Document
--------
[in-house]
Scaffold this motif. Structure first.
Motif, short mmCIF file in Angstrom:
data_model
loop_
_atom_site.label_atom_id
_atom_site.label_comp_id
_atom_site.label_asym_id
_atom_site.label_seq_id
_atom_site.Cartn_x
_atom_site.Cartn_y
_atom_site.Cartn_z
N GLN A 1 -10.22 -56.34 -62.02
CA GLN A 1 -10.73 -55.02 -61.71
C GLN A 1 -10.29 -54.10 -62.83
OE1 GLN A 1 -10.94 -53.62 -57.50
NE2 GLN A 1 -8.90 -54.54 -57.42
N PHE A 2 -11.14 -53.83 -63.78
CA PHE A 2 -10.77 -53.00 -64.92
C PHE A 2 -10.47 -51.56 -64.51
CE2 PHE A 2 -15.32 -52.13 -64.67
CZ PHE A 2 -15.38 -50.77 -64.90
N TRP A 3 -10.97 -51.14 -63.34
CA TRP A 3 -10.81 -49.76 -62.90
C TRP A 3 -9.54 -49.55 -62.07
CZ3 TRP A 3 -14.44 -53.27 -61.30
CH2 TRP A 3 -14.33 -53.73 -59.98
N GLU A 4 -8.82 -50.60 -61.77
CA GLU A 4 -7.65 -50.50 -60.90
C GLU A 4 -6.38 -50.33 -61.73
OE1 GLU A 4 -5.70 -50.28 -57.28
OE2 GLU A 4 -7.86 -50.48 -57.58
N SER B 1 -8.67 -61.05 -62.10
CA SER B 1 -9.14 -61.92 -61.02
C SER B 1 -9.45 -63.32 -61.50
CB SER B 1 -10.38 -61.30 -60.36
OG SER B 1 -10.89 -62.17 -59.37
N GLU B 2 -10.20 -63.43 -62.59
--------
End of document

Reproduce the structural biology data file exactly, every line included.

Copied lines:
[in-house]
Scaffold this motif. Structure first.
Motif, short mmCIF file in Angstrom:
data_model
loop_
_atom_site.label_atom_id
_atom_site.label_comp_id
_atom_site.label_asym_id
_atom_site.label_seq_id
_atom_site.Cartn_x
_atom_site.Cartn_y
_atom_site.Cartn_z
N GLN A 1 -10.22 -56.34 -62.02
CA GLN A 1 -10.73 -55.02 -61.71
C GLN A 1 -10.29 -54.10 -62.83
OE1 GLN A 1 -10.94 -53.62 -57.50
NE2 GLN A 1 -8.90 -54.54 -57.42
N PHE A 2 -11.14 -53.83 -63.78
CA PHE A 2 -10.77 -53.00 -64.92
C PHE A 2 -10.47 -51.56 -64.51
CE2 PHE A 2 -15.32 -52.13 -64.67
CZ PHE A 2 -15.38 -50.77 -64.90
N TRP A 3 -10.97 -51.14 -63.34
CA TRP A 3 -10.81 -49.76 -62.90
C TRP A 3 -9.54 -49.55 -62.07
CZ3 TRP A 3 -14.44 -53.27 -61.30
CH2 TRP A 3 -14.33 -53.73 -59.98
N GLU A 4 -8.82 -50.60 -61.77
CA GLU A 4 -7.65 -50.50 -60.90
C GLU A 4 -6.38 -50.33 -61.73
OE1 GLU A 4 -5.70 -50.28 -57.28
OE2 GLU A 4 -7.86 -50.48 -57.58
N SER B 1 -8.67 -61.05 -62.10
CA SER B 1 -9.14 -61.92 -61.02
C SER B 1 -9.45 -63.32 -61.50
CB SER B 1 -10.38 -61.30 -60.36
OG SER B 1 -10.89 -62.17 -59.37
N GLU B 2 -10.20 -63.43 -62.59